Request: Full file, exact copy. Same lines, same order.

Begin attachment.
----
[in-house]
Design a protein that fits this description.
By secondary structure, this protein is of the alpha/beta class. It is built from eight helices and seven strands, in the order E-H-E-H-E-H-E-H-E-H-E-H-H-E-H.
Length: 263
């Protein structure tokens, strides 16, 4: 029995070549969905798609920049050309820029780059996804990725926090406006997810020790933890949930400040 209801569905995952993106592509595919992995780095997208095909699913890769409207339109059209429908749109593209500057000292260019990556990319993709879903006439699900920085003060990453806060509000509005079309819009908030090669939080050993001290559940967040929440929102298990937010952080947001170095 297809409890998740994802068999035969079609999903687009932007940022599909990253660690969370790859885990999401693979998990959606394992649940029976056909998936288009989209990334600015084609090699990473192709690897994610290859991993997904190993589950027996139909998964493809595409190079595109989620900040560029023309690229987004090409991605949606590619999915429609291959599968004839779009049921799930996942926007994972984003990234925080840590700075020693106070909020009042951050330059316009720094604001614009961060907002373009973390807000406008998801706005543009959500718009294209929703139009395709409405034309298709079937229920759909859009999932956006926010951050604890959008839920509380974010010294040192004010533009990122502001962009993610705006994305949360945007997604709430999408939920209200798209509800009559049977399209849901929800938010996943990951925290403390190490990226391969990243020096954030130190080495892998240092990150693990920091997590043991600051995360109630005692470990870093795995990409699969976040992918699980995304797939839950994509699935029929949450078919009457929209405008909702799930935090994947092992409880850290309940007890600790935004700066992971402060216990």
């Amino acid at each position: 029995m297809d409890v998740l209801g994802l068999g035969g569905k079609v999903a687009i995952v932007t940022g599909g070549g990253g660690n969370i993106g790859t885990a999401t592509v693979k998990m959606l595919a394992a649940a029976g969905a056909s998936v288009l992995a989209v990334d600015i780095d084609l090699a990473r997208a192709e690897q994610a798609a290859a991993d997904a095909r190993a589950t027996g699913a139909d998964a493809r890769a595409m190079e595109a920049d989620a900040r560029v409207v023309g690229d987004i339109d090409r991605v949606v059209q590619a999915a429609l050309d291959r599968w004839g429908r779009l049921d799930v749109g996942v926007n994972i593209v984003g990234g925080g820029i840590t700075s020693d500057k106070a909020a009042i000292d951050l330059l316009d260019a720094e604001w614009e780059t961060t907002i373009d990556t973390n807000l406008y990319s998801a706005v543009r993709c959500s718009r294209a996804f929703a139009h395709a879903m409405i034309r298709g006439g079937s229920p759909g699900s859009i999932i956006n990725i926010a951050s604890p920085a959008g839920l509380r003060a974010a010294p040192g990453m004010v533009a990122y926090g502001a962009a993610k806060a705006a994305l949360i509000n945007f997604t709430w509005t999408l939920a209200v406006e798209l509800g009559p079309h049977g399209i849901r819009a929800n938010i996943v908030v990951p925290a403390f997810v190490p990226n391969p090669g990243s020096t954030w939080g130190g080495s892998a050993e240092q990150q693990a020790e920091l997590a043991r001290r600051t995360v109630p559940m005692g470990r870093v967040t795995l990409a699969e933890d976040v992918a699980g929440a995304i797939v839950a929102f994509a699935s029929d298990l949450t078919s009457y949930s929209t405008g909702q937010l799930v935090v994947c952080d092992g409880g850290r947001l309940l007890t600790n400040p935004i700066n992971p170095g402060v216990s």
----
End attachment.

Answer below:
[in-house]
Design a protein that fits this description.
By secondary structure, this protein is of the alpha/beta class. It is built from eight helices and seven strands, in the order E-H-E-H-E-H-E-H-E-H-E-H-H-E-H.
Length: 263
């Protein structure tokens, strides 16, 4: 029995070549969905798609920049050309820029780059996804990725926090406006997810020790933890949930400040 209801569905995952993106592509595919992995780095997208095909699913890769409207339109059209429908749109593209500057000292260019990556990319993709879903006439699900920085003060990453806060509000509005079309819009908030090669939080050993001290559940967040929440929102298990937010952080947001170095 297809409890998740994802068999035969079609999903687009932007940022599909990253660690969370790859885990999401693979998990959606394992649940029976056909998936288009989209990334600015084609090699990473192709690897994610290859991993997904190993589950027996139909998964493809595409190079595109989620900040560029023309690229987004090409991605949606590619999915429609291959599968004839779009049921799930996942926007994972984003990234925080840590700075020693106070909020009042951050330059316009720094604001614009961060907002373009973390807000406008998801706005543009959500718009294209929703139009395709409405034309298709079937229920759909859009999932956006926010951050604890959008839920509380974010010294040192004010533009990122502001962009993610705006994305949360945007997604709430999408939920209200798209509800009559049977399209849901929800938010996943990951925290403390190490990226391969990243020096954030130190080495892998240092990150693990920091997590043991600051995360109630005692470990870093795995990409699969976040992918699980995304797939839950994509699935029929949450078919009457929209405008909702799930935090994947092992409880850290309940007890600790935004700066992971402060216990």
């Amino acid at each position: 029995m297809d409890v998740l209801g994802l068999g035969g569905k079609v999903a687009i995952v932007t940022g599909g070549g990253g660690n969370i993106g790859t885990a999401t592509v693979k998990m959606l595919a394992a649940a029976g969905a056909s998936v288009l992995a989209v990334d600015i780095d084609l090699a990473r997208a192709e690897q994610a798609a290859a991993d997904a095909r190993a589950t027996g699913a139909d998964a493809r890769a595409m190079e595109a920049d989620a900040r560029v409207v023309g690229d987004i339109d090409r991605v949606v059209q590619a999915a429609l050309d291959r599968w004839g429908r779009l049921d799930v749109g996942v926007n994972i593209v984003g990234g925080g820029i840590t700075s020693d500057k106070a909020a009042i000292d951050l330059l316009d260019a720094e604001w614009e780059t961060t907002i373009d990556t973390n807000l406008y990319s998801a706005v543009r993709c959500s718009r294209a996804f929703a139009h395709a879903m409405i034309r298709g006439g079937s229920p759909g699900s859009i999932i956006n990725i926010a951050s604890p920085a959008g839920l509380r003060a974010a010294p040192g990453m004010v533009a990122y926090g502001a962009a993610k806060a705006a994305l949360i509000n945007f997604t709430w509005t999408l939920a209200v406006e798209l509800g009559p079309h049977g399209i849901r819009a929800n938010i996943v908030v990951p925290a403390f997810v190490p990226n391969p090669g990243s020096t954030w939080g130190g080495s892998a050993e240092q990150q693990a020790e920091l997590a043991r001290r600051t995360v109630p559940m005692g470990r870093v967040t795995l990409a699969e933890d976040v992918a699980g929440a995304i797939v839950a929102f994509a699935s029929d298990l949450t078919s009457y949930s929209t405008g909702q937010l799930v935090v994947c952080d092992g409880g850290r947001l309940l007890t600790n400040p935004i700066n992971p170095g402060v216990s």